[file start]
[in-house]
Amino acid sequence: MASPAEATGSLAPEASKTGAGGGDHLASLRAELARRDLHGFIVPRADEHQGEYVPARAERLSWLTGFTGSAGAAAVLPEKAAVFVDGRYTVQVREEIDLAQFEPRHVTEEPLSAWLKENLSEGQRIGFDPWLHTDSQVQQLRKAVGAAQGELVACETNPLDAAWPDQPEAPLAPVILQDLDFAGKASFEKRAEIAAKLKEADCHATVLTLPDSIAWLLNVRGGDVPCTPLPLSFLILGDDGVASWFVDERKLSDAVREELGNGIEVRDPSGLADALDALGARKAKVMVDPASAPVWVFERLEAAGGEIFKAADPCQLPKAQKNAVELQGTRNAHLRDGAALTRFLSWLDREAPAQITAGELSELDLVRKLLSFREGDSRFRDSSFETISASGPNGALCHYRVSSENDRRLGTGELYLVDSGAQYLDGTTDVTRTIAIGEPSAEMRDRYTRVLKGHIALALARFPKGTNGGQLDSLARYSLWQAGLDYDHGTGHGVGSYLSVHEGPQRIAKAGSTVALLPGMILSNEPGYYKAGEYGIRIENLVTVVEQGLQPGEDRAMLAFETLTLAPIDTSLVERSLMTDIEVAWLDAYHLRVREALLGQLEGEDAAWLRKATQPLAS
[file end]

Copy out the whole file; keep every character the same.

[in-house]
Amino acid sequence: MASPAEATGSLAPEASKTGAGGGDHLASLRAELARRDLHGFIVPRADEHQGEYVPARAERLSWLTGFTGSAGAAAVLPEKAAVFVDGRYTVQVREEIDLAQFEPRHVTEEPLSAWLKENLSEGQRIGFDPWLHTDSQVQQLRKAVGAAQGELVACETNPLDAAWPDQPEAPLAPVILQDLDFAGKASFEKRAEIAAKLKEADCHATVLTLPDSIAWLLNVRGGDVPCTPLPLSFLILGDDGVASWFVDERKLSDAVREELGNGIEVRDPSGLADALDALGARKAKVMVDPASAPVWVFERLEAAGGEIFKAADPCQLPKAQKNAVELQGTRNAHLRDGAALTRFLSWLDREAPAQITAGELSELDLVRKLLSFREGDSRFRDSSFETISASGPNGALCHYRVSSENDRRLGTGELYLVDSGAQYLDGTTDVTRTIAIGEPSAEMRDRYTRVLKGHIALALARFPKGTNGGQLDSLARYSLWQAGLDYDHGTGHGVGSYLSVHEGPQRIAKAGSTVALLPGMILSNEPGYYKAGEYGIRIENLVTVVEQGLQPGEDRAMLAFETLTLAPIDTSLVERSLMTDIEVAWLDAYHLRVREALLGQLEGEDAAWLRKATQPLAS